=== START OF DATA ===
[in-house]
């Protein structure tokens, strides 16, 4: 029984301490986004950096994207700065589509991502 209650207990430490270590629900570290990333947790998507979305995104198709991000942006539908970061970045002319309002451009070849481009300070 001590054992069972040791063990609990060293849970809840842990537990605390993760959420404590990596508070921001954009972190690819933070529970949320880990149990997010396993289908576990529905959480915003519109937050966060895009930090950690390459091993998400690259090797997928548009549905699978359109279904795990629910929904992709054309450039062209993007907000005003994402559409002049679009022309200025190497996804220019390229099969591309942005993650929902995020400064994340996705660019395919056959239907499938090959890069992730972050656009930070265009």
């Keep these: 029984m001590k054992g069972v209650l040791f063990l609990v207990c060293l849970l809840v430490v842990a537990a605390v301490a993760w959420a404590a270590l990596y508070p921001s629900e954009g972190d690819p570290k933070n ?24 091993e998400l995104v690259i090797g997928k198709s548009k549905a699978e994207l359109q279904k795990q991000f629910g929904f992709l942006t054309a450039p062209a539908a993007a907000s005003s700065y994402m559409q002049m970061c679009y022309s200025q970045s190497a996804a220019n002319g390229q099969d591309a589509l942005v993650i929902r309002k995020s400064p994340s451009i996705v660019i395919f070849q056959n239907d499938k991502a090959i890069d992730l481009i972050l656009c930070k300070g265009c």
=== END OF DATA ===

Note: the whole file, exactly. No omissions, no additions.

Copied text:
[in-house]
């Protein structure tokens, strides 16, 4: 029984301490986004950096994207700065589509991502 209650207990430490270590629900570290990333947790998507979305995104198709991000942006539908970061970045002319309002451009070849481009300070 001590054992069972040791063990609990060293849970809840842990537990605390993760959420404590990596508070921001954009972190690819933070529970949320880990149990997010396993289908576990529905959480915003519109937050966060895009930090950690390459091993998400690259090797997928548009549905699978359109279904795990629910929904992709054309450039062209993007907000005003994402559409002049679009022309200025190497996804220019390229099969591309942005993650929902995020400064994340996705660019395919056959239907499938090959890069992730972050656009930070265009």
């Keep these: 029984m001590k054992g069972v209650l040791f063990l609990v207990c060293l849970l809840v430490v842990a537990a605390v301490a993760w959420a404590a270590l990596y508070p921001s629900e954009g972190d690819p570290k933070n ?24 091993e998400l995104v690259i090797g997928k198709s548009k549905a699978e994207l359109q279904k795990q991000f629910g929904f992709l942006t054309a450039p062209a539908a993007a907000s005003s700065y994402m559409q002049m970061c679009y022309s200025q970045s190497a996804a220019n002319g390229q099969d591309a589509l942005v993650i929902r309002k995020s400064p994340s451009i996705v660019i395919f070849q056959n239907d499938k991502a090959i890069d992730l481009i972050l656009c930070k300070g265009c």